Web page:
The Man in the Arena

This has always been one of my favourite quotes and is quite a famous speech by President Theodore Roosevelt. I think it captures everything that a person goes through when they strive to succeed, what it means when we fall short, and what really counts after all is said and done.

It is not the critic who counts; not the man who points out how the strong man stumbles, or where the doer of deeds could have done them better. The credit belongs to the man who is actually in the arena, whose face is marred by dust and sweat and blood; who strives valiantly; who errs, who comes short again and again, because there is no effort without error and shortcoming; but who does actually strive to do the deeds; who knows great enthusiasms, the great devotions; who spends himself in a worthy cause; who at the best knows in the end the triumph of high achievement, and who at the worst, if he fails, at least fails while daring greatly, so that his place shall never be with those cold and timid souls who neither know victory nor defeat.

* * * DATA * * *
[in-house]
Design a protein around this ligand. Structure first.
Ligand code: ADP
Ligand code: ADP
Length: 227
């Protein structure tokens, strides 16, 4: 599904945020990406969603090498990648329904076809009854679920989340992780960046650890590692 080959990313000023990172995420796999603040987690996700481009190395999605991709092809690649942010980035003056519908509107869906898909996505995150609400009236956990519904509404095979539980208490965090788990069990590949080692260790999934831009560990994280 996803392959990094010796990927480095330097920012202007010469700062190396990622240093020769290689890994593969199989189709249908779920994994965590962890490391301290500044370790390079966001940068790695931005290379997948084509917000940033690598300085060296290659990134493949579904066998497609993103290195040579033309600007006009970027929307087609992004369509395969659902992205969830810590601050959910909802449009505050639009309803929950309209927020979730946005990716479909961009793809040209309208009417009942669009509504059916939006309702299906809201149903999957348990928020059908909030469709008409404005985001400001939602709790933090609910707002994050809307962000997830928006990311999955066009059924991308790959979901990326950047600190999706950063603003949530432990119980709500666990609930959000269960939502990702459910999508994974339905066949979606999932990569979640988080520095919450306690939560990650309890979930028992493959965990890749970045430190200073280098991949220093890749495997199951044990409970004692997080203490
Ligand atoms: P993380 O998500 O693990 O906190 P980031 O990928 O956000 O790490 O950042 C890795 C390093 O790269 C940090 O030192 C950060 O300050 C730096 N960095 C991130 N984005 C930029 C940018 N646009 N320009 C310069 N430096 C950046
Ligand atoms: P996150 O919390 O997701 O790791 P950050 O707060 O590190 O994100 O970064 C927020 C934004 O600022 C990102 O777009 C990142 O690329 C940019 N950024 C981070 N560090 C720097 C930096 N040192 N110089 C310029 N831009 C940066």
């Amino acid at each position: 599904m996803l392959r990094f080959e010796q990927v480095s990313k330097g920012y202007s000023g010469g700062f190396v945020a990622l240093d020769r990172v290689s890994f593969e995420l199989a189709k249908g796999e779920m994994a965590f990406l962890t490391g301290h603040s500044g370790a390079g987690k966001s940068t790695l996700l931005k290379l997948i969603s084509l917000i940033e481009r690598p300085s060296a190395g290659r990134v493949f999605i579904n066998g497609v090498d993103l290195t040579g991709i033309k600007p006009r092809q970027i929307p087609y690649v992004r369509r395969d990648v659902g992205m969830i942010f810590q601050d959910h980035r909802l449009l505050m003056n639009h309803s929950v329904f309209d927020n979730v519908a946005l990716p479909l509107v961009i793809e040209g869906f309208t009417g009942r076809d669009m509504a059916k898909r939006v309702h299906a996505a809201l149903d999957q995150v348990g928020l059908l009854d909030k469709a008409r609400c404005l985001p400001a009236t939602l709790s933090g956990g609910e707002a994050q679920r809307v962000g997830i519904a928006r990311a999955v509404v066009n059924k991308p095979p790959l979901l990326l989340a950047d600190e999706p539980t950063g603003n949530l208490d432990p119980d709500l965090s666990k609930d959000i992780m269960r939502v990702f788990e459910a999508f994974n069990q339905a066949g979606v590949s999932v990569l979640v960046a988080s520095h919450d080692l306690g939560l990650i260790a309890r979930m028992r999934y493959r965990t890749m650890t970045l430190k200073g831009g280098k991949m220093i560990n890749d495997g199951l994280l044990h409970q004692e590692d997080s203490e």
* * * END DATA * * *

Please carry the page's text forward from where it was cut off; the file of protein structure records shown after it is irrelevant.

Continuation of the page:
- Theodore Roosevelt, April 23, 1910

Posted on in Advice

Comments are closed.